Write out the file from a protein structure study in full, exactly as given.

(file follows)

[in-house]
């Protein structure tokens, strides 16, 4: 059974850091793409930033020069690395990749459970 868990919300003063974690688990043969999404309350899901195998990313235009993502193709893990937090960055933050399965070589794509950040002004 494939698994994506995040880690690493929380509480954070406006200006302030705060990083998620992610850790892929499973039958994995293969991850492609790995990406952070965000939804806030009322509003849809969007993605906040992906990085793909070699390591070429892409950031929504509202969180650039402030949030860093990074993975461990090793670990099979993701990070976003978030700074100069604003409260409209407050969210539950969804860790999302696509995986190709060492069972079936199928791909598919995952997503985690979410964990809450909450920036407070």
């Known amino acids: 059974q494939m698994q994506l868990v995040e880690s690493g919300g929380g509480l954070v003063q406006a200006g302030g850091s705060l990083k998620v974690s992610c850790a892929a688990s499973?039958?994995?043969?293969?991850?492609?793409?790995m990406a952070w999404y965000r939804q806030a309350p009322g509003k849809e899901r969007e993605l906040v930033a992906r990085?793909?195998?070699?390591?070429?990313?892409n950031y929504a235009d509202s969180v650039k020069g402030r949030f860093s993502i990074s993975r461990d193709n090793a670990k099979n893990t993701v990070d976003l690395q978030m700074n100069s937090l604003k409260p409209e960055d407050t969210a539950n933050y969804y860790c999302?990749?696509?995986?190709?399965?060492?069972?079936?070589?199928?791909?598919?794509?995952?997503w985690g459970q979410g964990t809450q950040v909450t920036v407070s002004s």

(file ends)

[in-house]
């Protein structure tokens, strides 16, 4: 059974850091793409930033020069690395990749459970 868990919300003063974690688990043969999404309350899901195998990313235009993502193709893990937090960055933050399965070589794509950040002004 494939698994994506995040880690690493929380509480954070406006200006302030705060990083998620992610850790892929499973039958994995293969991850492609790995990406952070965000939804806030009322509003849809969007993605906040992906990085793909070699390591070429892409950031929504509202969180650039402030949030860093990074993975461990090793670990099979993701990070976003978030700074100069604003409260409209407050969210539950969804860790999302696509995986190709060492069972079936199928791909598919995952997503985690979410964990809450909450920036407070």
């Known amino acids: 059974q494939m698994q994506l868990v995040e880690s690493g919300g929380g509480l954070v003063q406006a200006g302030g850091s705060l990083k998620v974690s992610c850790a892929a688990s499973?039958?994995?043969?293969?991850?492609?793409?790995m990406a952070w999404y965000r939804q806030a309350p009322g509003k849809e899901r969007e993605l906040v930033a992906r990085?793909?195998?070699?390591?070429?990313?892409n950031y929504a235009d509202s969180v650039k020069g402030r949030f860093s993502i990074s993975r461990d193709n090793a670990k099979n893990t993701v990070d976003l690395q978030m700074n100069s937090l604003k409260p409209e960055d407050t969210a539950n933050y969804y860790c999302?990749?696509?995986?190709?399965?060492?069972?079936?070589?199928?791909?598919?794509?995952?997503w985690g459970q979410g964990t809450q950040v909450t920036v407070s002004s």